Incredible tech to expect in the near future

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It only sounds like science fiction

Artist depiction of what electronic contact lenses of the future could look like.

Moore’s law famously says that computer power doubles every eighteen months or so. This is evidenced clearly when graphing computer chip prices and their relative processing speed, power, and memory. In fact, Moore’s law is true even if one includes technology from as far back as 100 years. This means that every year, video games are twice as powerful as those from the year before. The chip in your birthday cards would have been remarkable to Hitler or Churchill in the 1940’s and yet it’s so common to us that we simply throw it away when we’re done with it. A military supercomputer of 1997, worth millions of dollars, has the same power as your Playstation 3 that runs for $130. NASA placed mankind on the moon in 1969 with less computing power than you have in your cellphone.

These chips are transformative. They greatly empower anything that they touch, like some divine force. When they touched phones we got cellphones in return. Cameras became digital cameras, phonograms became iPods, paper money became credit cards, arcade machines became video games, and airplanes became war drones. Yet their potential still hasn’t been reached. These chips can be integrated into everything from clothes to your toilet and even your brain.

Here I’m going to be taking a look at technology you can expect to see in the next 10 to 50 years.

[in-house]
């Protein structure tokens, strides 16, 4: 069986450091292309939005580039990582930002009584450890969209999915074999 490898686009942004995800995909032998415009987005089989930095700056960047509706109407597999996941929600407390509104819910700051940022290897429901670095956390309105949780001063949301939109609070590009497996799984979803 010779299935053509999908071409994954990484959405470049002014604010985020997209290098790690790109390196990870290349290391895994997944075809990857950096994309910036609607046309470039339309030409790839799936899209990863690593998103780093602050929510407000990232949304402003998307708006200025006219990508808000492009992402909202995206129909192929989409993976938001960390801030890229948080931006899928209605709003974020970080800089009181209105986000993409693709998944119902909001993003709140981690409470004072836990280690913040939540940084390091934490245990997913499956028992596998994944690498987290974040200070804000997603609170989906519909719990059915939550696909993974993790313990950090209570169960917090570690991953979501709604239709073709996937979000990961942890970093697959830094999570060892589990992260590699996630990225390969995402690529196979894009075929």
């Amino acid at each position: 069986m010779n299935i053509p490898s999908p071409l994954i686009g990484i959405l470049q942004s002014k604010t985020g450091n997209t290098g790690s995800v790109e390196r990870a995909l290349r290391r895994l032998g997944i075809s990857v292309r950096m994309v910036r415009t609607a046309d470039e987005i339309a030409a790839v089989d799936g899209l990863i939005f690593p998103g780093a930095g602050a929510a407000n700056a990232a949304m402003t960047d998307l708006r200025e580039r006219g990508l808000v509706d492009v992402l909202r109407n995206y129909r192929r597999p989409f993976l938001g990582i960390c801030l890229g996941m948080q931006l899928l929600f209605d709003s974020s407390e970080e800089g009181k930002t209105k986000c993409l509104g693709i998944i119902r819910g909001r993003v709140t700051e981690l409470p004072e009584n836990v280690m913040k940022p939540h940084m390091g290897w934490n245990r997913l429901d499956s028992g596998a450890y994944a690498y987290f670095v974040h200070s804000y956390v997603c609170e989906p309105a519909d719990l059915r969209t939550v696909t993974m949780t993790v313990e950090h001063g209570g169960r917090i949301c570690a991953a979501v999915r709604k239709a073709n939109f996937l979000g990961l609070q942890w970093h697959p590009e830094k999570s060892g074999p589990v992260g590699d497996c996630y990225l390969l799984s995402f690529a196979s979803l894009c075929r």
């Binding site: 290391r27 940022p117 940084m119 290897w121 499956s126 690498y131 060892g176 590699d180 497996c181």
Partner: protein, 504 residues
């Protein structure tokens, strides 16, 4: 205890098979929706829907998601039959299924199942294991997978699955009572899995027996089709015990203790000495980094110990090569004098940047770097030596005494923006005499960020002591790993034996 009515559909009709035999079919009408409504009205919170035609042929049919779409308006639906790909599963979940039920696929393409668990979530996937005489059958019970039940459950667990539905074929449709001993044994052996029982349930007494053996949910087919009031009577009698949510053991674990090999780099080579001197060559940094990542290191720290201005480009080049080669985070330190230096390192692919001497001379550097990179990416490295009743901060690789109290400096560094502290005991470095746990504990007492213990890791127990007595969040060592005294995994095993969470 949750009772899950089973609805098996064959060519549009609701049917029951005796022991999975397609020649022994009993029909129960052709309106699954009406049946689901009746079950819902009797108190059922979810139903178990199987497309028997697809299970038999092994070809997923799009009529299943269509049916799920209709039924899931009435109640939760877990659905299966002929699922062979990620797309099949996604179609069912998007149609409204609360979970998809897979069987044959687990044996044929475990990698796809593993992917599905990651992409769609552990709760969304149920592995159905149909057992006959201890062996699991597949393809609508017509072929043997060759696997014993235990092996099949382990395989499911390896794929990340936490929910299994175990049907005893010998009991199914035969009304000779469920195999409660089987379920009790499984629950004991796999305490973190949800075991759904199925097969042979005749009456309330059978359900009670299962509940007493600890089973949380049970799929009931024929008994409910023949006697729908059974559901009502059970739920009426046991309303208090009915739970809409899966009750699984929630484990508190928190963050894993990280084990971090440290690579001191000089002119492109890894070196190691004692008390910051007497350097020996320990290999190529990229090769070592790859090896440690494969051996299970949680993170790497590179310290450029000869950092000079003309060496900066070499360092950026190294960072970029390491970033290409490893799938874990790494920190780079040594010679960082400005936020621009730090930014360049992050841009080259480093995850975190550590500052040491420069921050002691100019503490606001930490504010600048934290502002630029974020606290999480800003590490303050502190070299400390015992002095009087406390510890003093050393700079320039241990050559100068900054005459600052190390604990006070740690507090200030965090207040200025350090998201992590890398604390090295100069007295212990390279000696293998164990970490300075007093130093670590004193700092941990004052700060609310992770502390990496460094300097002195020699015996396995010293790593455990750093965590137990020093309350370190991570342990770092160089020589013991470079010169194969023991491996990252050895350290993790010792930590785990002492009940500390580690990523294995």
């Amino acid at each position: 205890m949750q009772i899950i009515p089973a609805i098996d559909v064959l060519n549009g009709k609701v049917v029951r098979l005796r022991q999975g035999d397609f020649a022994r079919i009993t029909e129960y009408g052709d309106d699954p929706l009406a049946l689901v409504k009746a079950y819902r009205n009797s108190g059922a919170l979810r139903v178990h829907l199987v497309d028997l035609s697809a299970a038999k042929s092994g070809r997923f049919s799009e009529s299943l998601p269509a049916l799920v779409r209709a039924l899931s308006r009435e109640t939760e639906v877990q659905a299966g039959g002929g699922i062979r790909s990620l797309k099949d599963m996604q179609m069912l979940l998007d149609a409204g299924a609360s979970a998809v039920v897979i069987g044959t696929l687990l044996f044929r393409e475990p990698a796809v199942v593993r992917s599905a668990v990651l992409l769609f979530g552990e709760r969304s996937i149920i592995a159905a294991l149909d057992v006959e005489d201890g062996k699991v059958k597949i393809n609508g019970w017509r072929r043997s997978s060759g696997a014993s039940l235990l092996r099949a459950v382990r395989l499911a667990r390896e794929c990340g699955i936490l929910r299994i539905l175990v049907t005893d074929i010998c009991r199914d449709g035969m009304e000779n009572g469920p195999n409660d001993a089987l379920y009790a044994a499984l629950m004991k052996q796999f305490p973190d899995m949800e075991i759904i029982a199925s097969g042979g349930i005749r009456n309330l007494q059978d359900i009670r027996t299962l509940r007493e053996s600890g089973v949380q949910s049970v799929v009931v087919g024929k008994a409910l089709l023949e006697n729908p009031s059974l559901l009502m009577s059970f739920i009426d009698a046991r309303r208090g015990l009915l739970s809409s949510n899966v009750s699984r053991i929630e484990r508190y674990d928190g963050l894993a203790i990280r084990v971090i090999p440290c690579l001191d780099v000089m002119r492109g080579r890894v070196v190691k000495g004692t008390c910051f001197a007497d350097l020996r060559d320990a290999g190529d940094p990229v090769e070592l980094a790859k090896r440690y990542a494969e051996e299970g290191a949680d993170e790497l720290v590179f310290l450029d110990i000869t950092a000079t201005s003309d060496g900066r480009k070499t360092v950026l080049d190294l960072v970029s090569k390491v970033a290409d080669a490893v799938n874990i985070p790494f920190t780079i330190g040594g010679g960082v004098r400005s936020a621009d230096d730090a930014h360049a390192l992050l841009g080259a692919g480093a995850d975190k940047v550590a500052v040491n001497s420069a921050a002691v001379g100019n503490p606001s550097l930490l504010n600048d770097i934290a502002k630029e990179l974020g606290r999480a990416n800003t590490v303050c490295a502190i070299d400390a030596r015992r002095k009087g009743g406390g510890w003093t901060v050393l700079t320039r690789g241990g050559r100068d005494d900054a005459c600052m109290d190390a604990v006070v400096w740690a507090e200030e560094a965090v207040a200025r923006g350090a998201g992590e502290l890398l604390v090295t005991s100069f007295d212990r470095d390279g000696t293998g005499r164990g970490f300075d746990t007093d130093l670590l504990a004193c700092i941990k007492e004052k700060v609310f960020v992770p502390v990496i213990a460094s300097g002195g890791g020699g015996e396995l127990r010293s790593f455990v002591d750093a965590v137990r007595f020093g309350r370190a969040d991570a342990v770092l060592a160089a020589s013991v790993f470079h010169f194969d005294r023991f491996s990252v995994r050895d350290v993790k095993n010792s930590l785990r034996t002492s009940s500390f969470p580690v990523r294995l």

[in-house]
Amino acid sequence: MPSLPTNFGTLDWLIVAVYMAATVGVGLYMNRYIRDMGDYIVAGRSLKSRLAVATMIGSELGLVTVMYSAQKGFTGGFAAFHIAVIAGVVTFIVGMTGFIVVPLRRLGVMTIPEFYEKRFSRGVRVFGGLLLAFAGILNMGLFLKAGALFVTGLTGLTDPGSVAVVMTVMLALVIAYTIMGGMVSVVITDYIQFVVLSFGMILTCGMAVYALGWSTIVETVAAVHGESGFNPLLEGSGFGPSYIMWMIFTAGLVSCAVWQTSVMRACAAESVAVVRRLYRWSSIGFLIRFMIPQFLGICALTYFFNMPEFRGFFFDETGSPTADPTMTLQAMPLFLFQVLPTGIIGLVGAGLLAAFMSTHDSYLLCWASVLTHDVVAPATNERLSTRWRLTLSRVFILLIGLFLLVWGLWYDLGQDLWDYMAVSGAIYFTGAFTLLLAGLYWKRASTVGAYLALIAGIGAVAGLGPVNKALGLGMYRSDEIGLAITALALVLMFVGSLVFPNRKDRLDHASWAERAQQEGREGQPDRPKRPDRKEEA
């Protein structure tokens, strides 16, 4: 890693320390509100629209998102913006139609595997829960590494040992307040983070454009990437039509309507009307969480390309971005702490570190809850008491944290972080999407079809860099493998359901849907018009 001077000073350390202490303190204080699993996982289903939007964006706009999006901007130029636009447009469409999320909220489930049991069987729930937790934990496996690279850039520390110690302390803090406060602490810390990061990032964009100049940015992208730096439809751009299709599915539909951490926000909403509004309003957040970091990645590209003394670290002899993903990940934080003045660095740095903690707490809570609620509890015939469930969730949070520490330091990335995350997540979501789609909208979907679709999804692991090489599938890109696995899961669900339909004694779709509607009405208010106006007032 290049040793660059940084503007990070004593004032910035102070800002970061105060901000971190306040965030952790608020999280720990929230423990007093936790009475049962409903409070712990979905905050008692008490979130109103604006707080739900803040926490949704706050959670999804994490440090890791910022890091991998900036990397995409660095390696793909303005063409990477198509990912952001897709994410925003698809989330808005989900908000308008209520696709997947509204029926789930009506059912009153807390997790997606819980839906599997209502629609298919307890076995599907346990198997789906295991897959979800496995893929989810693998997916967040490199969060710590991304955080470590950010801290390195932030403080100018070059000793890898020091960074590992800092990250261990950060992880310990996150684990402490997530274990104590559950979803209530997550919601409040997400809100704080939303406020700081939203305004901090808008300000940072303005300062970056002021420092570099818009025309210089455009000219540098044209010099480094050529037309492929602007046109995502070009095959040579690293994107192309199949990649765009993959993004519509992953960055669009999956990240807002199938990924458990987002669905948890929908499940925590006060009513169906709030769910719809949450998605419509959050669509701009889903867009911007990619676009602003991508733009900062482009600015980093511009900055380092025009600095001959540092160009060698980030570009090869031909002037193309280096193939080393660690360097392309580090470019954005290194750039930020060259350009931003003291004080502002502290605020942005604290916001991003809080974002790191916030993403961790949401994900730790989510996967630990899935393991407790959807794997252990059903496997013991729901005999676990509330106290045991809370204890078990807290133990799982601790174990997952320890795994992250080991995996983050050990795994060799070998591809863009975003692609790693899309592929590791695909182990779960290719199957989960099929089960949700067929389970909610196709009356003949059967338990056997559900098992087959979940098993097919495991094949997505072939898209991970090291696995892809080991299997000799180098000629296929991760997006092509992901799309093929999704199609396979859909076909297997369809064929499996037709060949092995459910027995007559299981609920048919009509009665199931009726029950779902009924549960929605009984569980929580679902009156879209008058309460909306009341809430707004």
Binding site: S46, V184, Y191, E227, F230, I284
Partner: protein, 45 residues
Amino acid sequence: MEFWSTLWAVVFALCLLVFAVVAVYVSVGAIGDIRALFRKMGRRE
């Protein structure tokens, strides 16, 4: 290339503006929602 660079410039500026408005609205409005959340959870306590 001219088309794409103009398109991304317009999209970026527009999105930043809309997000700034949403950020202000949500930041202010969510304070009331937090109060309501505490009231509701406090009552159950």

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Smart contacts: The future of the wearable you won’t even see

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One day, contact lenses could do much more than just correct our vision

The notion of wearing lenses over our eyes to correct our vision dates back hundreds of years, with some even crediting Leonardo da Vinci as one of the first proponents of the idea (though that remains somewhat controversial). Material science and our understanding of the human eye have come a long way since, while their purpose has remained largely the same. In the age of wearable computers, however, scientists in the laboratories of DARPA, Google, and universities around the world see contact lenses not just as tools to improve our vision, but as opportunities to augment the human experience. But how? And why?

As a soft, transparent disc of plastic and silicone that you wear on your eyeball, a contact lens may seem like a very bad place to put electronics. But if you look beneath the surface, the idea of a smart contact lens has real merit, and that begins with its potential to improve our well-being.

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